Publication date: Available online 17 June 2017Source:Journal of Archaeological Science
Author(s): Gary Lock, John Pouncett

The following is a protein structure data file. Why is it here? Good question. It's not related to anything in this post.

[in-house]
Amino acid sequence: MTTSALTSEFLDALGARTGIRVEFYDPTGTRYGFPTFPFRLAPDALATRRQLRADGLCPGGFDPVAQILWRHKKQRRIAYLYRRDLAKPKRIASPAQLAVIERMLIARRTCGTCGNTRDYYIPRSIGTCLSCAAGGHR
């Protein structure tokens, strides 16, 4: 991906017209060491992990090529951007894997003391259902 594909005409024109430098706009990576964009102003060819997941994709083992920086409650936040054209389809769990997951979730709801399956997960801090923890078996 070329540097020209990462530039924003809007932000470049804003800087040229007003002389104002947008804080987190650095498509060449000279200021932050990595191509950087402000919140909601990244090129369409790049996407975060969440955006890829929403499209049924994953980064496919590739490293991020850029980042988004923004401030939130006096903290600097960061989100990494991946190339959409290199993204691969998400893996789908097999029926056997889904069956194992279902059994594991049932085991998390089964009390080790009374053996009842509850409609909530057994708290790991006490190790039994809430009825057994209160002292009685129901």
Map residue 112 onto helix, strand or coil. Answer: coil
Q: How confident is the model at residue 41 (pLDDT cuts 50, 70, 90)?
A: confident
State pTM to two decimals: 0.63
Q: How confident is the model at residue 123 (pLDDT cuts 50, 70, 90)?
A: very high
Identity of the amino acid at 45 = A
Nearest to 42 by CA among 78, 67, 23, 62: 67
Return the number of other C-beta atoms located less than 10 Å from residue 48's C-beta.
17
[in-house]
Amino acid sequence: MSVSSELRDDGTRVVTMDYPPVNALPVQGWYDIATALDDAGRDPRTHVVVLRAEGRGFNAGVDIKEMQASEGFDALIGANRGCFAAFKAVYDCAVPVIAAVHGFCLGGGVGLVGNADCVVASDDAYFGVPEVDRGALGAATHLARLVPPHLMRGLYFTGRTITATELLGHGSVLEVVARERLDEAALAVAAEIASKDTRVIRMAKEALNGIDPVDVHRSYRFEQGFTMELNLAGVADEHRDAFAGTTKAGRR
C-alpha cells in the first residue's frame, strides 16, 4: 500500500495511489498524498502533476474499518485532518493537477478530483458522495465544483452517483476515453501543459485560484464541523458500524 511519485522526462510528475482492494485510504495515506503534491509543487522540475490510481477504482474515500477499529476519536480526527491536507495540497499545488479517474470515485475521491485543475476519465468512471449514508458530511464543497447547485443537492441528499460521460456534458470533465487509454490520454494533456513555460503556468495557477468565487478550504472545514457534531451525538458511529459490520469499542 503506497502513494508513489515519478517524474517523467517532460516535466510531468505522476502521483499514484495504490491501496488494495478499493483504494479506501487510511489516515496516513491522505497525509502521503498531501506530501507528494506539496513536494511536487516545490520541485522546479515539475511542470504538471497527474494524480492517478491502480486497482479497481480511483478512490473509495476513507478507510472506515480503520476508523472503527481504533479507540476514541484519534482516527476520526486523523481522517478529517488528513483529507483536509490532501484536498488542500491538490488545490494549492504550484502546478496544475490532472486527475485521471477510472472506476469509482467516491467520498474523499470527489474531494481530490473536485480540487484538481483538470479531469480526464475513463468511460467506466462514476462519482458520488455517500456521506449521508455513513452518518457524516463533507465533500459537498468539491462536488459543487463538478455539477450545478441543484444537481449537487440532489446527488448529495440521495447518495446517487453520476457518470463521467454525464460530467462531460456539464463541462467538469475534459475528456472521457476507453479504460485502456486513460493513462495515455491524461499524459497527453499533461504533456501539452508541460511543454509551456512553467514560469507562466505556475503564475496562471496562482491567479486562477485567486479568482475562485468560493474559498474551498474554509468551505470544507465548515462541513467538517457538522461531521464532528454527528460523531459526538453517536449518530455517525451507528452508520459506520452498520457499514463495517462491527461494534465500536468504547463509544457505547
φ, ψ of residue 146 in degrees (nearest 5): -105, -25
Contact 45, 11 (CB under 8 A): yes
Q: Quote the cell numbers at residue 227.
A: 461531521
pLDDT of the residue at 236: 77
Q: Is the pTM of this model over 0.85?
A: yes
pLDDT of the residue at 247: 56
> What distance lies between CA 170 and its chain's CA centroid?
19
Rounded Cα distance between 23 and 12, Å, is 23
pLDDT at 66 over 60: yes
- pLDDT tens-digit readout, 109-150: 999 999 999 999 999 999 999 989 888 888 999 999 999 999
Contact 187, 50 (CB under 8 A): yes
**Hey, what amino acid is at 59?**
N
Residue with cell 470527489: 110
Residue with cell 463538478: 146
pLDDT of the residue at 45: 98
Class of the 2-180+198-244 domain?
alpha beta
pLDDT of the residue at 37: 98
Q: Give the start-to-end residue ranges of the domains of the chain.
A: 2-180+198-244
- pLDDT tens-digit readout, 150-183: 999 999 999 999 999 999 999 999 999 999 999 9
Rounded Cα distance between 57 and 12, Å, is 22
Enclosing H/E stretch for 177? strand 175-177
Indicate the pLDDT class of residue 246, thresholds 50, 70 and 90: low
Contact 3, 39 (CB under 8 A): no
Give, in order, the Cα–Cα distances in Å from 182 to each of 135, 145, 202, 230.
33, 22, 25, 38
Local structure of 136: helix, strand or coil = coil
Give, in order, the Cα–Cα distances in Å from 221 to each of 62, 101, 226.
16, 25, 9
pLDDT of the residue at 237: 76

Being human embodies understandings of space and spatial relationships which are embedded within the material world and are underpinned by complex frameworks of knowledge and experience. Just as this applied to people living in the past, so it applies to those of us concerned with trying to understand those past lives through the archaeological record. Most, if not all, archaeological material has a spatial component and it is not surprising, therefore, that spatial thinking has been central within archaeological endeavour since the beginnings of the discipline. Specific forms of spatial thinking have changed with developing theory and methods and with changing analytical and technological opportunities resulting in the rich variety of approaches available to us today. Within this development, the rapid adoption of Geographic Information Systems (GIS) technology since the early 1990s has had a major impact on archaeology and related disciplines and its use is now almost taken for granted. Although the use of GIS in archaeology has always been, and still is contentious at the theoretical level, the attractions of the technology are usually seen to outweigh any restrictions or disadvantages. In this paper we situate the use of GIS, including the papers in this volume, within the wider arena of spatial thinking in archaeology in an attempt to assess the impact that this technology has had on how we think spatially.